Monthly Archives: June 2007

The Red Tent

I finally finished The Red Tent by Anita Diamant.

I would not have said I loved it until I read the final pages but it was then that I realized it had a piece of my literary heart.

The themes of memories, healing, motherhood, the sacredness of being a woman and the world only we are privy to — perfectly woven in this tale which takes considerable license with the biblical account.

From the Prologue:

lost to each other for so long.
My name means nothing to you. My memory is dust.
This is not your fault, or mine. The chain connecting mother to
daughter was broken and the word passed to the keeping of men,
who had no way of knowing.


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Harper's Ferry WVA

2002: Kevin is off doing pre-war stuff in the U.A.E. and I’m alone. With the hostages. So we take off from Oklahoma City and head up to see family in Missouri. Then Chicago just for the fun of it. Stop off in Michigan to see friends (we lived there in residency) and then down to Gettysburg, Pennsylvania, and Harper’s Ferry, West Virginia.

We were going to Washington, D.C., but the sniper hit right at that time and it just didn’t seem as prudent as it did back in OKC.

Harper’s Ferry, West Virginia. They were celebrating something about the election of 1860 or the Lincoln/Douglas debates. I forget now.

At the gate, the lady asked, “You do know there’s a sniper loose, right?”

I said, “Here? Now?”

“Oh no, not here, now. There. In D.C.”

“Oh. In that case we’ll just walk real fast. We drove a long way not to stop in. Thanks for the warning.”

I know you can’t tell it, but it’s sort of raining in these photos. And while I am just about all girl, I do not melt in the rain. I rarely carry an umbrella. It’s important for me to point these things out because I have friends and not a few family members who think just because I don’t camp, I must have no redeeming value whatsoever. Well, see? I play in the rain. (I do, however, pop a trash bag over the little one there. Who needs rain coats when you have Hefty?)


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What Stress?

I was doing a bit of research on the stress of moving house, thinking “It’s not really so bad.” But this is what I didn’t need:

Doctors have researched and found there is a breast cancer personality?!?

Actually, how they put it is: “…well-documented and widely accepted fact that personality, stress, and a variety of external factors can predispose to … cancer.” Huh.

Nice. I’ve only not been worried about this since my mother died of breast cancer at the age of 35 and I’m 35 for lessee… 8 more days.

“Our own research, which has concentrated primarily on women with breast cancer, tends to confirm the existence of a cancer-prone personality.”

1. Time Consciousness: “Hard driving” “Less casual about appointments.” “Type A.”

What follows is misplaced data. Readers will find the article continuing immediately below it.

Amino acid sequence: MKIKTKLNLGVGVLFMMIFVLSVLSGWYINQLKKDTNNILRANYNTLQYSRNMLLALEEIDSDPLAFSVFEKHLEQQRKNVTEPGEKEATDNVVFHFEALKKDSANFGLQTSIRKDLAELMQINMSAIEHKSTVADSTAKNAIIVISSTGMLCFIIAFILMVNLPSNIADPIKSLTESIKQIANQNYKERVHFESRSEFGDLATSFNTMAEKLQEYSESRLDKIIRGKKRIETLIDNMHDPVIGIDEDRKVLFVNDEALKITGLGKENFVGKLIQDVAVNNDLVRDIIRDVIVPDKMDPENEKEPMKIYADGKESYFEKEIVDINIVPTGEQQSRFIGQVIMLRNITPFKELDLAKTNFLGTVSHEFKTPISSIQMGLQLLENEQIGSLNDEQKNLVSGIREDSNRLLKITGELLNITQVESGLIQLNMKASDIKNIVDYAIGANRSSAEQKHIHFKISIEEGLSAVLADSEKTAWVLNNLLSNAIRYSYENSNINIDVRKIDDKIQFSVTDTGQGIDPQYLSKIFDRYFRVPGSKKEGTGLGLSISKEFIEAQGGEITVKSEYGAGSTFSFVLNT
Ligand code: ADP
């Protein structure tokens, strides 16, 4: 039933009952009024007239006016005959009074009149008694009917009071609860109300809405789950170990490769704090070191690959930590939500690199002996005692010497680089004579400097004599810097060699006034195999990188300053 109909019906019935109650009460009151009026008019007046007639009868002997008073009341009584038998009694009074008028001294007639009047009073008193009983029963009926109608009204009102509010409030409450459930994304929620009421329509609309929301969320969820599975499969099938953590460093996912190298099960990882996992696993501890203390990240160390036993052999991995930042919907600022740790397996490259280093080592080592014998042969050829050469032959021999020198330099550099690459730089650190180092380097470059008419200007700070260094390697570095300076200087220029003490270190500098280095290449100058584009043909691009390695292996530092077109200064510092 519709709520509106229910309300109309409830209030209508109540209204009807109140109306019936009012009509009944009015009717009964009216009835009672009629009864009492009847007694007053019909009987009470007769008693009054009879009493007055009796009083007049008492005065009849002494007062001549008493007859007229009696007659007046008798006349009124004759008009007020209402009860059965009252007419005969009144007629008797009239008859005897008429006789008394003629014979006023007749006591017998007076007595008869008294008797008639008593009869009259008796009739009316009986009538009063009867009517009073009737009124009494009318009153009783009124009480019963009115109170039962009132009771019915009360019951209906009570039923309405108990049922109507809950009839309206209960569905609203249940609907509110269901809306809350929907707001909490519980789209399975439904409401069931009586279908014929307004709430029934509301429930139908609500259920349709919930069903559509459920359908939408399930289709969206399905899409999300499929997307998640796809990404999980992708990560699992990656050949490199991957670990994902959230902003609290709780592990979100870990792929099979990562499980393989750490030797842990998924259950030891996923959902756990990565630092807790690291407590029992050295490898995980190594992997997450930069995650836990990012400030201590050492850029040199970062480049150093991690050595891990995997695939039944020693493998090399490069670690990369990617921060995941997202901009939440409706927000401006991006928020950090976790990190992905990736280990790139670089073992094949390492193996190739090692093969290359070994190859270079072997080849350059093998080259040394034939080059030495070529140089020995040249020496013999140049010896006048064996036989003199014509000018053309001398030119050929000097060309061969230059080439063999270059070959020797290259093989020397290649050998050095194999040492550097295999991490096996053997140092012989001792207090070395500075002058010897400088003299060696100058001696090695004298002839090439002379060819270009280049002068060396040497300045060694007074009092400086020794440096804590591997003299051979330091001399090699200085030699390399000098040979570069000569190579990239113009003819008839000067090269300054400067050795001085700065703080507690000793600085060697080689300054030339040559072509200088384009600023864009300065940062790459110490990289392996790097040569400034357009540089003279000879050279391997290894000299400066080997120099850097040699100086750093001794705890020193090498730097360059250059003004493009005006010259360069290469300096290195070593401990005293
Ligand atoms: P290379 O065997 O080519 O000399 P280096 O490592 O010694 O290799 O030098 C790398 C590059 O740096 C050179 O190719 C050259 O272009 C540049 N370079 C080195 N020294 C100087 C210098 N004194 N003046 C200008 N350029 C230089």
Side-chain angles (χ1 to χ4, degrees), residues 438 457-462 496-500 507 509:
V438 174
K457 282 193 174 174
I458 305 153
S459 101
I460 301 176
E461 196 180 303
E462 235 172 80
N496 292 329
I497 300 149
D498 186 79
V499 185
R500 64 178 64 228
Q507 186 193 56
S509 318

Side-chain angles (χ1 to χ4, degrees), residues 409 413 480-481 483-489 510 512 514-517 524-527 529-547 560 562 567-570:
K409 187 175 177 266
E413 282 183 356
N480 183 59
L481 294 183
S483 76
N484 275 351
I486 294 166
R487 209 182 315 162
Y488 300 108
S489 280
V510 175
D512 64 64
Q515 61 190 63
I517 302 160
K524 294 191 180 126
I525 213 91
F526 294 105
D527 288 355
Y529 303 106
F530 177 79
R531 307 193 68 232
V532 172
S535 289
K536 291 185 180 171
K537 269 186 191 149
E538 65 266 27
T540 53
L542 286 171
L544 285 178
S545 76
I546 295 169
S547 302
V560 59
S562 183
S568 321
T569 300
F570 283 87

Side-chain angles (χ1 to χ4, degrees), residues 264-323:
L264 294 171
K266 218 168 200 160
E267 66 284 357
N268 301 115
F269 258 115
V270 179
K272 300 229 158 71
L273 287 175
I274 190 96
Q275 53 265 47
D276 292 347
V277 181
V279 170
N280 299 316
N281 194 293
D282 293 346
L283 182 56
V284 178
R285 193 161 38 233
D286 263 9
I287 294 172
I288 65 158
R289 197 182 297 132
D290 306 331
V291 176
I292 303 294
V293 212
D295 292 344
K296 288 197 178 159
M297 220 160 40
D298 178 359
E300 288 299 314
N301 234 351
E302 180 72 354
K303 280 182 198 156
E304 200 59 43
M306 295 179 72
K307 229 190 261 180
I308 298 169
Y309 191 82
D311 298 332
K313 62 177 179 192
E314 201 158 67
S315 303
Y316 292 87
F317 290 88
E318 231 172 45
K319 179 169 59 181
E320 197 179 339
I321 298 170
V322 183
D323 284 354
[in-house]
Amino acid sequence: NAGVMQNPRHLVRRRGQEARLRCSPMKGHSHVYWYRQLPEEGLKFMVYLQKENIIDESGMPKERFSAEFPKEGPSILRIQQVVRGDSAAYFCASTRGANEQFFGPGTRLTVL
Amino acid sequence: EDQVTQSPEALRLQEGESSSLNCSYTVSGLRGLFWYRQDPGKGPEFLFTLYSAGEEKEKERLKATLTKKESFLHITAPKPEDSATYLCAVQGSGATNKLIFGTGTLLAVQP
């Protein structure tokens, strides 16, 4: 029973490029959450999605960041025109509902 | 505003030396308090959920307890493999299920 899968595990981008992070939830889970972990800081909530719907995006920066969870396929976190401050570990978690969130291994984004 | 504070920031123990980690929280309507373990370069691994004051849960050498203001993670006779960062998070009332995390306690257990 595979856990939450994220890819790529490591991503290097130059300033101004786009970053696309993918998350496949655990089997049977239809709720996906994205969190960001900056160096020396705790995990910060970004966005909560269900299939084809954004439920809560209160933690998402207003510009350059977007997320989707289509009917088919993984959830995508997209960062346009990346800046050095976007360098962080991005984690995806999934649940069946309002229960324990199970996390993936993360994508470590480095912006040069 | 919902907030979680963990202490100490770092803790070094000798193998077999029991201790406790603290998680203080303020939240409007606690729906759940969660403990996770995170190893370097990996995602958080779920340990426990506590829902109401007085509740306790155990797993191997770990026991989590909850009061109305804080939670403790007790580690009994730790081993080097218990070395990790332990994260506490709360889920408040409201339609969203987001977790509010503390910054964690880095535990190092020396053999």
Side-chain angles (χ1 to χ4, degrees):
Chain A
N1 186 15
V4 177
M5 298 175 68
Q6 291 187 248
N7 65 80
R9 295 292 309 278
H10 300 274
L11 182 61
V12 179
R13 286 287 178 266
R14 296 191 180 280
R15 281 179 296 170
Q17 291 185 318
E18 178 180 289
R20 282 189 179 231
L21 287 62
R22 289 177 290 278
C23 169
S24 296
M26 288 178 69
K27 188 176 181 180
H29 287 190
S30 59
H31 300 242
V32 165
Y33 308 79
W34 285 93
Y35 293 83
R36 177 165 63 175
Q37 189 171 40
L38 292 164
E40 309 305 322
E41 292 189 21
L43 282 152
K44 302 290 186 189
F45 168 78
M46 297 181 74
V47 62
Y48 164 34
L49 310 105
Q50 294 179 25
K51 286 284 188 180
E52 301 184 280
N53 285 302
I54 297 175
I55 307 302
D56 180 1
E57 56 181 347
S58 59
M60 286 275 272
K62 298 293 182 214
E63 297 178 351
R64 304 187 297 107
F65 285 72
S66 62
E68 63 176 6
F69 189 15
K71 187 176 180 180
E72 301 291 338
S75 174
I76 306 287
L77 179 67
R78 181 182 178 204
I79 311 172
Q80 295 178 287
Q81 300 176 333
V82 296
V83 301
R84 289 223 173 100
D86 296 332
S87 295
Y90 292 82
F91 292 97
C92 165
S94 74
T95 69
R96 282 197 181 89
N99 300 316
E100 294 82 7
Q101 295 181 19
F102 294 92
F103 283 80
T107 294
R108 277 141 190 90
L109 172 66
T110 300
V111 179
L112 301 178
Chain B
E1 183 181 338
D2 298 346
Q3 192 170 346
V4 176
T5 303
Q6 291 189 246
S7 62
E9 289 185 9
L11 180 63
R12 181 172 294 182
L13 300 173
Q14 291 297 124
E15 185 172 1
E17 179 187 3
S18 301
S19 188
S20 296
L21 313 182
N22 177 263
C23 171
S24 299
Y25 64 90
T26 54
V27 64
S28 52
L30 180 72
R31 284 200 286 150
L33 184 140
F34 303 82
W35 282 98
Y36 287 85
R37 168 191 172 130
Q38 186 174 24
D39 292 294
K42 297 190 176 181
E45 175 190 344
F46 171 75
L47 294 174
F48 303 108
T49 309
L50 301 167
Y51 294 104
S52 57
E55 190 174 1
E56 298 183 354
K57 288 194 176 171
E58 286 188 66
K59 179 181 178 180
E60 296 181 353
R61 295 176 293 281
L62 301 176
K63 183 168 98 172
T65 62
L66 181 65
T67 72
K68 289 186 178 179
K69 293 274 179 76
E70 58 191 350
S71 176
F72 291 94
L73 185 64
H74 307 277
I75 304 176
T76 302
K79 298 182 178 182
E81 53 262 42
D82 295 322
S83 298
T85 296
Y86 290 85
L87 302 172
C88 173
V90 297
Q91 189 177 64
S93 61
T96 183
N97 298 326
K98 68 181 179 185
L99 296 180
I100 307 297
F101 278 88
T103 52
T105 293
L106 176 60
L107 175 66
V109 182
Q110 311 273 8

These are BAD things? I mean, who wants to be “casual about appointments?” I time everything. Standing in line at the post office? Yep. How long do the kids take to get into the car after I yell “Let’s GO.” I am obviously riddled with tumors.

2. Personal Drive: “Less ambitious” and “Less competitive.”

Hm. Is wanting to be in the Senate since age 17 really ambitious or merely delusional? Less competitive? Definitely. I forfeit anything I know I can’t win.

3. Satisfaction/Contentedness: They do one thing at a time and they do it slower.

I’m not sure I want to do any introspection on this. I mean, seriously, I’ve got movers here and can’t give it the time it deserves.

4. Interpersonal Relationships: Less interests outside their home and work environments.

I have all kinds of interests outside my home. I meet ALL my online friends outside my home. At least once, maybe twice a year, we get together.

“Furthermore, the women with breast cancer reported significantly more adverse life-events in the two years preceding their diagnosis.”

Well there you go. In the last two years I have had no adverse life-events. No one died. We just made the transition from six years in the Air Force to civilian, moved from Japan to America and then from Northwest to the Midwest. ‘S’all good.

The other risk factors were poor coping skills with life events. I do not have poor coping skills.

“…bottle up emotions, turn inward, and not seek help or outlet for their feelings…”

Come. On. What is internet chat for if not to seek help and vent your feelings? Why does anyone have cancer anymore?

I think I’m in the clear, however it is entirely possible that I’ll be dead within the year.

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Five days. Is that a record?

Surely not. Surely other teen-aged daughters have wrecked their cars in less time.

The stated circumstances:

Speed limit.

Descending mountain.

Hairpin turn.



And someone thinks we should add that someone told the children that if you hit a deer you will total the car. So teen-aged daughter hit the ditch.

Yeah, she’s okay. No harm done. The car wasn’t drive-able home. And did I mention that I leave next week for a cross-country move and that vehicle was needed?

I’m crying and using Navy Words™ on the inside.

Shebang, a word meaning “any matter of present concern; thing; business” or is the “#!” characters in the first two columns of the first line of a UNIX script file. Guess which way I’m using it.